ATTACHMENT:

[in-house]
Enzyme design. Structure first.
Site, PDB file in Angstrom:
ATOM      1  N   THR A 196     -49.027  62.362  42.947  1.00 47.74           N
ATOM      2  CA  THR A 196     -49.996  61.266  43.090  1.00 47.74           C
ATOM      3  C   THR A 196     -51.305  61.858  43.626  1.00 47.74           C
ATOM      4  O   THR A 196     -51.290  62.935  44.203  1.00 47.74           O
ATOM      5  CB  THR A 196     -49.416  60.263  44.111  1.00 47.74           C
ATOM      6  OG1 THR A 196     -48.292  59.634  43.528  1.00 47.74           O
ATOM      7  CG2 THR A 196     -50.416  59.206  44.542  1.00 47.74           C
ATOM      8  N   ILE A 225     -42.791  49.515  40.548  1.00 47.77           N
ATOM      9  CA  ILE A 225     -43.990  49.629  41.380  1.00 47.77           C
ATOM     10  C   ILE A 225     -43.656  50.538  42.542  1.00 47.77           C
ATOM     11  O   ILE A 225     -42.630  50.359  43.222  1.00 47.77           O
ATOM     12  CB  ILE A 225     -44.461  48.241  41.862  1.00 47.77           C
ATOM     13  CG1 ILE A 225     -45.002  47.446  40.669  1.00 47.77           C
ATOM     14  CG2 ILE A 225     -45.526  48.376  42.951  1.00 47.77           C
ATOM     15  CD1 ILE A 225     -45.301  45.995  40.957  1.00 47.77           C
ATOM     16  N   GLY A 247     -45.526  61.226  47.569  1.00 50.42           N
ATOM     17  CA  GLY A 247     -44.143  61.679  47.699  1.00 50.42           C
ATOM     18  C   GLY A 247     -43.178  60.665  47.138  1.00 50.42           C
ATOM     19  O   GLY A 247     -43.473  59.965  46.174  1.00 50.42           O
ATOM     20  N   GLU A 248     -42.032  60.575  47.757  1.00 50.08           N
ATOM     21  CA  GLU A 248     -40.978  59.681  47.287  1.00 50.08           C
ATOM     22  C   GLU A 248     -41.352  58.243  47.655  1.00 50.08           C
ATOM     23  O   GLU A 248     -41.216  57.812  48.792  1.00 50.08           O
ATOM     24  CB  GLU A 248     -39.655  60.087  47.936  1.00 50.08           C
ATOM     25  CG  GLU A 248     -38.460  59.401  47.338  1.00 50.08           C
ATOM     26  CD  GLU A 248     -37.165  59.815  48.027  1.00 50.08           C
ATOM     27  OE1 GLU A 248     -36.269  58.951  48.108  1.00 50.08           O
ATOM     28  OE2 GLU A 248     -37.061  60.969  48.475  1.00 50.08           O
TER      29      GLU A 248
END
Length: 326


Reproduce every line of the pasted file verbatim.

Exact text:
[in-house]
Enzyme design. Structure first.
Site, PDB file in Angstrom:
ATOM      1  N   THR A 196     -49.027  62.362  42.947  1.00 47.74           N
ATOM      2  CA  THR A 196     -49.996  61.266  43.090  1.00 47.74           C
ATOM      3  C   THR A 196     -51.305  61.858  43.626  1.00 47.74           C
ATOM      4  O   THR A 196     -51.290  62.935  44.203  1.00 47.74           O
ATOM      5  CB  THR A 196     -49.416  60.263  44.111  1.00 47.74           C
ATOM      6  OG1 THR A 196     -48.292  59.634  43.528  1.00 47.74           O
ATOM      7  CG2 THR A 196     -50.416  59.206  44.542  1.00 47.74           C
ATOM      8  N   ILE A 225     -42.791  49.515  40.548  1.00 47.77           N
ATOM      9  CA  ILE A 225     -43.990  49.629  41.380  1.00 47.77           C
ATOM     10  C   ILE A 225     -43.656  50.538  42.542  1.00 47.77           C
ATOM     11  O   ILE A 225     -42.630  50.359  43.222  1.00 47.77           O
ATOM     12  CB  ILE A 225     -44.461  48.241  41.862  1.00 47.77           C
ATOM     13  CG1 ILE A 225     -45.002  47.446  40.669  1.00 47.77           C
ATOM     14  CG2 ILE A 225     -45.526  48.376  42.951  1.00 47.77           C
ATOM     15  CD1 ILE A 225     -45.301  45.995  40.957  1.00 47.77           C
ATOM     16  N   GLY A 247     -45.526  61.226  47.569  1.00 50.42           N
ATOM     17  CA  GLY A 247     -44.143  61.679  47.699  1.00 50.42           C
ATOM     18  C   GLY A 247     -43.178  60.665  47.138  1.00 50.42           C
ATOM     19  O   GLY A 247     -43.473  59.965  46.174  1.00 50.42           O
ATOM     20  N   GLU A 248     -42.032  60.575  47.757  1.00 50.08           N
ATOM     21  CA  GLU A 248     -40.978  59.681  47.287  1.00 50.08           C
ATOM     22  C   GLU A 248     -41.352  58.243  47.655  1.00 50.08           C
ATOM     23  O   GLU A 248     -41.216  57.812  48.792  1.00 50.08           O
ATOM     24  CB  GLU A 248     -39.655  60.087  47.936  1.00 50.08           C
ATOM     25  CG  GLU A 248     -38.460  59.401  47.338  1.00 50.08           C
ATOM     26  CD  GLU A 248     -37.165  59.815  48.027  1.00 50.08           C
ATOM     27  OE1 GLU A 248     -36.269  58.951  48.108  1.00 50.08           O
ATOM     28  OE2 GLU A 248     -37.061  60.969  48.475  1.00 50.08           O
TER      29      GLU A 248
END
Length: 326